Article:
After a year of unprecedented ransomware attacks, Beazley’s Raf Sanchez warns the worst is yet to come
Cybercrime is estimated to have cost as much as $6 trillion in 2021 and criminal gangs and state-sponsored attackers become more more targeted and sophisticated in their MO, resulting in major attacks against Colonial Pipeline, Kaseya and SolarWinds among others.
The shift towards remote and hybrid working and cloud-hosted infrastructure has also offered new scope to exploit vulnerabilities and discover new attack vectors.
As organisations review their cyber risk management strategies against this backdrop and the reality of a hard cyber insurance market, the cyber criminal landscape will continue to develop.
This is according to Raf Sanchez, head of Cyber Services at Beazley. “Despite the efforts of various stakeholders in the risk management space, from private organisations to insurers, ransomware will continue to be a persistent and evolving threat in the coming year, making a layered defence including technical and operational measures backed by robust cyber insurance cover essential.”
He notes the relatively unexpected impact of many cyber incidents is the knock on damage to reputation and goodwill: ”Whilst many organisations know to expect short-term technical and operational impacts, we find they are often un-prepared for the longer lasting impact on their reputation.”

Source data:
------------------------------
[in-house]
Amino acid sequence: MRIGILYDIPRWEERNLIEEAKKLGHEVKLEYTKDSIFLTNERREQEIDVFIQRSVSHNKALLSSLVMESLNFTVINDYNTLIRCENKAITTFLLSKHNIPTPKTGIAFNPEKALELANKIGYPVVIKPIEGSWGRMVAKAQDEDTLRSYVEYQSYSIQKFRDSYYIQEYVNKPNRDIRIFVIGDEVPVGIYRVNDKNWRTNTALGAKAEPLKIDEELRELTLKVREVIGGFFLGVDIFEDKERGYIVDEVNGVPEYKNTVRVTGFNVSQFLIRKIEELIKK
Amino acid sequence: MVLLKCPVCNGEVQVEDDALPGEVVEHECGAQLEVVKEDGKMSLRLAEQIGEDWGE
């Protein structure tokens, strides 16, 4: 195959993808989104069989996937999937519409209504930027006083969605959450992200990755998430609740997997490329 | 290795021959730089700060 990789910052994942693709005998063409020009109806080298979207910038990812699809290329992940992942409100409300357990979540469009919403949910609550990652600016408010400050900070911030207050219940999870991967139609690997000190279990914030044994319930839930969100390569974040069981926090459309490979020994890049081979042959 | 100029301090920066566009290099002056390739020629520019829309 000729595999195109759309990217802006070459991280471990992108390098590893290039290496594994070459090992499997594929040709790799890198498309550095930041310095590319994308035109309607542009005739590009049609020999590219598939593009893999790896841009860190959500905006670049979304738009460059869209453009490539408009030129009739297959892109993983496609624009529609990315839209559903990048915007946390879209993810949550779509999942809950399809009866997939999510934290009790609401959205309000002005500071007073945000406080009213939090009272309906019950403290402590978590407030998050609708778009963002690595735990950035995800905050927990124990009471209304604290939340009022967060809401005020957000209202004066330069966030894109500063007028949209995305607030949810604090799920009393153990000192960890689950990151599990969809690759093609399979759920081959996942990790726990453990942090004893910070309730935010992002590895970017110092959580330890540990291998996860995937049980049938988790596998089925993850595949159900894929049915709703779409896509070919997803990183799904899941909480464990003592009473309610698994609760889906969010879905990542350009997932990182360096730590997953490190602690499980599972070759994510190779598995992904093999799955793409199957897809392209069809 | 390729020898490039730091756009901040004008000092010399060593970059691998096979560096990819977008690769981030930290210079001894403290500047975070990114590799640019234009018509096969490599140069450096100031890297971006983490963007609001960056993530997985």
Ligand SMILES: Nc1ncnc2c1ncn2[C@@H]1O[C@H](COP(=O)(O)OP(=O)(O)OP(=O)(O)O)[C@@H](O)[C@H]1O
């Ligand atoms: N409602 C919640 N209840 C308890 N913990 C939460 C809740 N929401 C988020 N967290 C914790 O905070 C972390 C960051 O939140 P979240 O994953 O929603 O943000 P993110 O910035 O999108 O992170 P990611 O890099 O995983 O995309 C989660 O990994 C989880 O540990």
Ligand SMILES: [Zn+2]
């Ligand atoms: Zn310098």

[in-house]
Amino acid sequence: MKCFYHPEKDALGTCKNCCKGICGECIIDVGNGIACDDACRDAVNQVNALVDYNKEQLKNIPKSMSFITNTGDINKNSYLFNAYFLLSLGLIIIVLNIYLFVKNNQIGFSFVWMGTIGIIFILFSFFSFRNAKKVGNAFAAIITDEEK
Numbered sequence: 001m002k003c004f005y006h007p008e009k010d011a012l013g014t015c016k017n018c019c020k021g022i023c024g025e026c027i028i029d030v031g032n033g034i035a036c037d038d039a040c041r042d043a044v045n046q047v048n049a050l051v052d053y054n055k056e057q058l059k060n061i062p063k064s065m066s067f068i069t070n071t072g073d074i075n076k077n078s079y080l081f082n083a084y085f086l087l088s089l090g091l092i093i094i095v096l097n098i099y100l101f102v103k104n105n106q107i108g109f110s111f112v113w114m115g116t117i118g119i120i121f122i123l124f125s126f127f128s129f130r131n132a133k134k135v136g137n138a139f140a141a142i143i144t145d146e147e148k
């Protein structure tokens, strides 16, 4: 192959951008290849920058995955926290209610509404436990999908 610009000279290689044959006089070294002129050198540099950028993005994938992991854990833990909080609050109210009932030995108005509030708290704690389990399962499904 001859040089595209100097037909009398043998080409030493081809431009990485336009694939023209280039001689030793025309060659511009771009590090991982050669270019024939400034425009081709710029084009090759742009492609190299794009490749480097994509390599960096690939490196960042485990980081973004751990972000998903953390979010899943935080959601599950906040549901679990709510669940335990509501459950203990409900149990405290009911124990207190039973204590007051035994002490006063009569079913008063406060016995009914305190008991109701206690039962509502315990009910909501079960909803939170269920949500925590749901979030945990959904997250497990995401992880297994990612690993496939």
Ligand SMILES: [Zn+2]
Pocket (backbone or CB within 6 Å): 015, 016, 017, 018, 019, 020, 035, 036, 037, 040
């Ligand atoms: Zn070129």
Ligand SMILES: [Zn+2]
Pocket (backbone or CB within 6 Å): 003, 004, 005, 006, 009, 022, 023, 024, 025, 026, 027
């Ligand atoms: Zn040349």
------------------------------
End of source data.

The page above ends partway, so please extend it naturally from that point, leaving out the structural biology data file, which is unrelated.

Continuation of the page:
“This is because many incidents are notifiable not just to regulators but often must be disclosed to clients (who have inserted mandatory notification obligations into supply contracts). Also, staff may find out about these incidents when they are asked to help remediate them or if they are impacted themselves, for example, if payroll is delayed.”
”We expect an increase in D&O claims linked to cyber-attacks in the coming year and also expect an increase in third-party litigation arising out of cyber events.”
Sanchez warns that lockdown restrictions will continue to shape the threat landscape moving foward. “With many organisations stating that hybrid and remote work is here to stay, attackers are continuing to exploit this attack vector even more efficiently so the requirement for cyber insurance that protects against malicious attacks has dramatically increased and will continue to do so.”
“I predict that the cyber-criminal landscape will continue to develop over the coming year; the tactics currently being implemented are so effective at generating financial rewards that they are only likely to increase in frequency, innovation and efficacy,” he concludes.
“The specialisation we have seen emerging over the past year, with certain groups of cybercriminals concentrating on specific strategies, will continue.”